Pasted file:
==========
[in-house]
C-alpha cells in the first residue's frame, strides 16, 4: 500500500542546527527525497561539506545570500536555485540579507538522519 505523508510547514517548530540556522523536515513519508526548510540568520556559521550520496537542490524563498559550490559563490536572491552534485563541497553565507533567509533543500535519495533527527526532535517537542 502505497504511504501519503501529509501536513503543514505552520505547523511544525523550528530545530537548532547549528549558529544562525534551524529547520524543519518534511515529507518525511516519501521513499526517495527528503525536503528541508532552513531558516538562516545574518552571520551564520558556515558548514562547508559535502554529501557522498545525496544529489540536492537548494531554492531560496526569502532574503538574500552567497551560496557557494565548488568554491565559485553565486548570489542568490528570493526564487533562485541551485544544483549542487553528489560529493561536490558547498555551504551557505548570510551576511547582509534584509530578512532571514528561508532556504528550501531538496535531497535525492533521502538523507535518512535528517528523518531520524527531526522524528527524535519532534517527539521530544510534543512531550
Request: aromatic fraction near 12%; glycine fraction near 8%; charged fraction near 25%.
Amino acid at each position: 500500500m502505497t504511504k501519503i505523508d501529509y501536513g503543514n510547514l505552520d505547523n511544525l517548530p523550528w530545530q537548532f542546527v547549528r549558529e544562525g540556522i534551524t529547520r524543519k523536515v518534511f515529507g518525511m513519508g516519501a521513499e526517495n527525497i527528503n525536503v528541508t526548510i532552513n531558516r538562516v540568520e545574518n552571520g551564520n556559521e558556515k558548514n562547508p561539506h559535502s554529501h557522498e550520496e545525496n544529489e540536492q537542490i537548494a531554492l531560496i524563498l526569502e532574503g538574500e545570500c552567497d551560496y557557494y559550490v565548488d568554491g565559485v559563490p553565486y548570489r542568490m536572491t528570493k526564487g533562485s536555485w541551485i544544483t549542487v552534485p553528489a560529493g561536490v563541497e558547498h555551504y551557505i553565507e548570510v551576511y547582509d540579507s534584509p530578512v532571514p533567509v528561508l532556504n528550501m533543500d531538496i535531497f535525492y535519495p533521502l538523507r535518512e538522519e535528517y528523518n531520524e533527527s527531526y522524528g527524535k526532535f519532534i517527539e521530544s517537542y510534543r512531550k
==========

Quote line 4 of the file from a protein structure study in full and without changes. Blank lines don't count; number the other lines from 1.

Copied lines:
Amino acid at each position: 500500500m502505497t504511504k501519503i505523508d501529509y501536513g503543514n510547514l505552520d505547523n511544525l517548530p523550528w530545530q537548532f542546527v547549528r549558529e544562525g540556522i534551524t529547520r524543519k523536515v518534511f515529507g518525511m513519508g516519501a521513499e526517495n527525497i527528503n525536503v528541508t526548510i532552513n531558516r538562516v540568520e545574518n552571520g551564520n556559521e558556515k558548514n562547508p561539506h559535502s554529501h557522498e550520496e545525496n544529489e540536492q537542490i537548494a531554492l531560496i524563498l526569502e532574503g538574500e545570500c552567497d551560496y557557494y559550490v565548488d568554491g565559485v559563490p553565486y548570489r542568490m536572491t528570493k526564487g533562485s536555485w541551485i544544483t549542487v552534485p553528489a560529493g561536490v563541497e558547498h555551504y551557505i553565507e548570510v551576511y547582509d540579507s534584509p530578512v532571514p533567509v528561508l532556504n528550501m533543500d531538496i535531497f535525492y535519495p533521502l538523507r535518512e538522519e535528517y528523518n531520524e533527527s527531526y522524528g527524535k526532535f519532534i517527539e521530544s517537542y510534543r512531550k